Benton Lecture 2016

The Annual Arthur L. Benton Lecture

Monday, January 9, 2017

7:00 pm (Registration begins at 6:30pm)

Creativity and The Brain

Kenneth Heilman M.D.

The James E. Rooks Jr. Distinguished Professor of Neurology

Professor of Clinical and Health Psychology

University of Florida College of Medicine and GRECC-VAMC


Creativity is the new discovery, understanding, development and expression of orderly and meaningful relationships. Creativity has three major stages: preparation, the development (nature and nurture) of critical knowledge and skills; innovation, the development of a creative solution; and creative production. Successful preparation requires a basic level of general intelligence and domain specific knowledge and skills. Some highly creative people may have anatomic alterations of specific neocortical regions. Innovation requires disengagement and divergent thinking primarily mediated by frontal networks. Creative people are often risk-takers and novelty seekers, behaviors that activate their ventral striatal reward system. Innovation also requires associative and convergent thinking, activities that are dependent on the integration of highly distributed networks. People are often most creative when they are in mental states associated with reduced levels of brain norepinephrine, such as rest and relaxation, that may enhance the communication-connectivity between distributed networks. We, however, need to learn more about the brain mechanisms of creativity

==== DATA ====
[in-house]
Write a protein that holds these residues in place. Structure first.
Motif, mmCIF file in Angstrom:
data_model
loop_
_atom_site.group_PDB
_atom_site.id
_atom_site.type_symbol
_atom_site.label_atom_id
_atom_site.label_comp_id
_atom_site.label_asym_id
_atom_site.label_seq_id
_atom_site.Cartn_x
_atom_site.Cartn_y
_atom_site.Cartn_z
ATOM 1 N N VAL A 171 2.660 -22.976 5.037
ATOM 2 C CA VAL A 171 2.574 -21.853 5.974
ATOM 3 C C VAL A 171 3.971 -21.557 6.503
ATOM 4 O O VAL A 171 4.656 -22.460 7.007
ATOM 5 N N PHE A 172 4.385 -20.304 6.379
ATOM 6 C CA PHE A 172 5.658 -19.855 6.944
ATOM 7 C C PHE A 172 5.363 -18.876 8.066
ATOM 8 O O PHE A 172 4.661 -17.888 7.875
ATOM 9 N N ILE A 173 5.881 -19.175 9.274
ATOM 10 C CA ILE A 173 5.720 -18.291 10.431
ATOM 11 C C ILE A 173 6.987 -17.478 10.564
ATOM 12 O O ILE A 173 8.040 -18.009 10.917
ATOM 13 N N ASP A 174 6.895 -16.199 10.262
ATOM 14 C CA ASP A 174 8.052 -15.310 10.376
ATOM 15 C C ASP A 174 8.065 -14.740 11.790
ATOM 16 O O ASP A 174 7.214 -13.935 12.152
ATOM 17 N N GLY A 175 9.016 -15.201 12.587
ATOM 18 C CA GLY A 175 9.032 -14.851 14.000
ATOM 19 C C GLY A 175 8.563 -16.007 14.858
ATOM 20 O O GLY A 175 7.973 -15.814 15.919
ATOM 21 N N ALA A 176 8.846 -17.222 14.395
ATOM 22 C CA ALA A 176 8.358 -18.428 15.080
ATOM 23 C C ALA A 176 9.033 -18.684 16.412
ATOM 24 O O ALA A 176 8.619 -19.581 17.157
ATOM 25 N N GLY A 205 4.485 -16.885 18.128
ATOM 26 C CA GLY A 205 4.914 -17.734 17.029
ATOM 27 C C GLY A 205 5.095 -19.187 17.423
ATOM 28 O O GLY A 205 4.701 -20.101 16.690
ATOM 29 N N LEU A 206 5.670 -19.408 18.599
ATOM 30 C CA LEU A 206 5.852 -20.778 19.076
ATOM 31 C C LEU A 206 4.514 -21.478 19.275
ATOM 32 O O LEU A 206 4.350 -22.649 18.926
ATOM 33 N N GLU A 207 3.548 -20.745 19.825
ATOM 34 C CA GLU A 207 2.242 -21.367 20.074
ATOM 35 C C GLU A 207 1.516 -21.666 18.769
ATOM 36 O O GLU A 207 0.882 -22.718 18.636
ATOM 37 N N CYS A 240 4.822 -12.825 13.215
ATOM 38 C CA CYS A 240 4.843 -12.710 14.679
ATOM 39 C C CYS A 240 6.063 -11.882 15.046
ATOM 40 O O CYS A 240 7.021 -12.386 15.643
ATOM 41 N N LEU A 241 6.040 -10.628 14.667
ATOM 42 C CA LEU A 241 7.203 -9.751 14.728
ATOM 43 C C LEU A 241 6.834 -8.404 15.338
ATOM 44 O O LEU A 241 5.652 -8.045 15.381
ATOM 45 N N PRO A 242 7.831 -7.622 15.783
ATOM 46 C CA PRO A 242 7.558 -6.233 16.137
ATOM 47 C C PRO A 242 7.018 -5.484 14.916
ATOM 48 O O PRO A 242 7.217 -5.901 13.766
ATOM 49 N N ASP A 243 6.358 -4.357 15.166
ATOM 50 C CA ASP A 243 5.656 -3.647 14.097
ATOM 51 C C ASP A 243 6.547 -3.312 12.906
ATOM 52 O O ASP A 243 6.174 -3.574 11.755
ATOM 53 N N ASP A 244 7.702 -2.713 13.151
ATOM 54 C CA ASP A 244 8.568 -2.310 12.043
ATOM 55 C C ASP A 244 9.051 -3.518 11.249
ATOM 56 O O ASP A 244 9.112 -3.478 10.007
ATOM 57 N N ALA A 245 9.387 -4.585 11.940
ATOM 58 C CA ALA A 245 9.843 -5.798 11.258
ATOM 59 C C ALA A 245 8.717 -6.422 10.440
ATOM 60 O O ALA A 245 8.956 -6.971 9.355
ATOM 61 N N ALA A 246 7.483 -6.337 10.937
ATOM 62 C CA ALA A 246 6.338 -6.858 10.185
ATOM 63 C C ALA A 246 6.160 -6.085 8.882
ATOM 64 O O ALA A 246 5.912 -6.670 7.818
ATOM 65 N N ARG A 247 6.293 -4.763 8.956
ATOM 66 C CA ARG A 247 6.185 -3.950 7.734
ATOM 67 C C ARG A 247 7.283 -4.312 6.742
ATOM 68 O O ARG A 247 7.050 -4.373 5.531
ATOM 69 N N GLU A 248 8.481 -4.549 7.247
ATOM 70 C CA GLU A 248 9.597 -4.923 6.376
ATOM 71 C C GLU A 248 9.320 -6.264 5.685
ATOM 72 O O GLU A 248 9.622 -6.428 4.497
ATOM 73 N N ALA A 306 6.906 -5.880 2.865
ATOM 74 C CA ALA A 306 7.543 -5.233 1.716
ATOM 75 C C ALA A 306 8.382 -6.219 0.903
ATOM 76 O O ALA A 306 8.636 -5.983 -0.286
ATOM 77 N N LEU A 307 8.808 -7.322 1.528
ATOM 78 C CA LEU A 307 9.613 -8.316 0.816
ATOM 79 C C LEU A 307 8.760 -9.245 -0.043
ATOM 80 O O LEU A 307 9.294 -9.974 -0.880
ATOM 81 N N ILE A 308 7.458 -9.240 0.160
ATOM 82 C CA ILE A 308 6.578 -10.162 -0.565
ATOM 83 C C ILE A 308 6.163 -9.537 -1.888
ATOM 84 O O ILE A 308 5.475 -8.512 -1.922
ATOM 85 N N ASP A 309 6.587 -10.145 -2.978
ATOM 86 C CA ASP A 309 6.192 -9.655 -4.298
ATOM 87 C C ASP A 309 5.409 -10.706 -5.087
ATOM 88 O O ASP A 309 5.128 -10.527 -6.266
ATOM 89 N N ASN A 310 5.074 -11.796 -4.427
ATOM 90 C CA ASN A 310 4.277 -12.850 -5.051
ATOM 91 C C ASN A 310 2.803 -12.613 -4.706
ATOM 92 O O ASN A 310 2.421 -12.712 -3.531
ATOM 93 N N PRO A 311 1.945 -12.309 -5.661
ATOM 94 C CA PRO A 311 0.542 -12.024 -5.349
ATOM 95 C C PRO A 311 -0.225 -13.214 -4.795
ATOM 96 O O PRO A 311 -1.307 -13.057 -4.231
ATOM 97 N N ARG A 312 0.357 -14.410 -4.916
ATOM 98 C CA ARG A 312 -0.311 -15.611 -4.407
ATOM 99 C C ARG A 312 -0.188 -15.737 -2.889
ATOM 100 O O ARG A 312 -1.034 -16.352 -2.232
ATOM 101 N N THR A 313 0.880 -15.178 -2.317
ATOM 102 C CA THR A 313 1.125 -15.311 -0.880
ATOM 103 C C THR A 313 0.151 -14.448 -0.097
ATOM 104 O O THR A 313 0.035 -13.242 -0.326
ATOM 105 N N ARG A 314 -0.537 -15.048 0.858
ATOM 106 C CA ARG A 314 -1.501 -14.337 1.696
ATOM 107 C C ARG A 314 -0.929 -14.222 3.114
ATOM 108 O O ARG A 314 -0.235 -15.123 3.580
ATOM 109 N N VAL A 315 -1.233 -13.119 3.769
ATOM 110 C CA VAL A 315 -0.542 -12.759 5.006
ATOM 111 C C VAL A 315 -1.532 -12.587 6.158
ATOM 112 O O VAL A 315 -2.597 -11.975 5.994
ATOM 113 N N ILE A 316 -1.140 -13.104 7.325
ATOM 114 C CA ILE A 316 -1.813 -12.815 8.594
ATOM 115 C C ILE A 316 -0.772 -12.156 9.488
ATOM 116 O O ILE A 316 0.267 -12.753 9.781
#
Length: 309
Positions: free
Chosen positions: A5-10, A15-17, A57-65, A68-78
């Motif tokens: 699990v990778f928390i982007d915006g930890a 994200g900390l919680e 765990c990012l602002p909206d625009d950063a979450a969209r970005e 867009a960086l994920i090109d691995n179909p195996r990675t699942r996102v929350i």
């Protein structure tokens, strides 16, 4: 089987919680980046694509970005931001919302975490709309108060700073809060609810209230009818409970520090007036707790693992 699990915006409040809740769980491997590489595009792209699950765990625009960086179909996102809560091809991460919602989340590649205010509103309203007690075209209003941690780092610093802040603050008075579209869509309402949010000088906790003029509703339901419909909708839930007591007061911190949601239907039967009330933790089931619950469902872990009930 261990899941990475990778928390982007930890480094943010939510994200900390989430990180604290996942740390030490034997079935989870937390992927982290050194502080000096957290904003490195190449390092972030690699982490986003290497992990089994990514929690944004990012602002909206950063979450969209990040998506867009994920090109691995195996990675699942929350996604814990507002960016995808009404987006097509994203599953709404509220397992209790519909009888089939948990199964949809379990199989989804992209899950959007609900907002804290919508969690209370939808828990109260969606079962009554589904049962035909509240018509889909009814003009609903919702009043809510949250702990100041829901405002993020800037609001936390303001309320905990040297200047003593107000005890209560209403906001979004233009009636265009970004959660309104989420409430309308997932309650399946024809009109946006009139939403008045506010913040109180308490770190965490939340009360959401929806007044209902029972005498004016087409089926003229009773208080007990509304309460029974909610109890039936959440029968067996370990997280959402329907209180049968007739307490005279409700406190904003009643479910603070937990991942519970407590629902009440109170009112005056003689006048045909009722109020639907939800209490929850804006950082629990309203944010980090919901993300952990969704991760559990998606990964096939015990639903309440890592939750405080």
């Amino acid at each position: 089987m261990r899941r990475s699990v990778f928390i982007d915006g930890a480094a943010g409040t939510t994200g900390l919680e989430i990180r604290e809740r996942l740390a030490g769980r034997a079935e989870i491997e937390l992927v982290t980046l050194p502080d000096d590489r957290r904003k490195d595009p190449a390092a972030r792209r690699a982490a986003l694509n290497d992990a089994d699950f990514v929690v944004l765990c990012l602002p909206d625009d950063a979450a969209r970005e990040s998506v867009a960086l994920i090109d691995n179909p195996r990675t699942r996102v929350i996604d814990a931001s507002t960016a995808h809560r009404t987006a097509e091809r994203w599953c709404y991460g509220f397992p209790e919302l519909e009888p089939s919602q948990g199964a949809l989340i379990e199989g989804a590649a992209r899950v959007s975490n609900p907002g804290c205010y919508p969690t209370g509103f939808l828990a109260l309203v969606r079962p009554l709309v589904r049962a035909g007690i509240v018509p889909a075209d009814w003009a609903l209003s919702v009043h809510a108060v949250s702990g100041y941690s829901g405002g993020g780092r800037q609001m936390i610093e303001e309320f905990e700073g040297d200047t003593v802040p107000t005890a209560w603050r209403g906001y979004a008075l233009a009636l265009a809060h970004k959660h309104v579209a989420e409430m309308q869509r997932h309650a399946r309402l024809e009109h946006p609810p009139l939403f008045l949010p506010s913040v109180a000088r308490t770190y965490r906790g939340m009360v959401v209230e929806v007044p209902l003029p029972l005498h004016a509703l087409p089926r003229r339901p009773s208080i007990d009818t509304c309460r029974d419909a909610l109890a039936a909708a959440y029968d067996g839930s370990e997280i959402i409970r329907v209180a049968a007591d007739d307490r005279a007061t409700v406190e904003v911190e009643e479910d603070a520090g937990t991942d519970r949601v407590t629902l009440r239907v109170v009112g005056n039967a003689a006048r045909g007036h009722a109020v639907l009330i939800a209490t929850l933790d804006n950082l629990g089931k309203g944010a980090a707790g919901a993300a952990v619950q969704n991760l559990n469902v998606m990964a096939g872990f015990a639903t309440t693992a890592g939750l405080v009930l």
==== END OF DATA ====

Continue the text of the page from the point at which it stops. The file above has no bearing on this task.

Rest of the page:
Manhattan Eye, Ear and Throat

(MEETH) Hospital ,

Northwell Health

210 East 64TH Street, NYC

Corwin Hall

New York, NY 10003


Free for NYNG members, $20 for others.

Register online at

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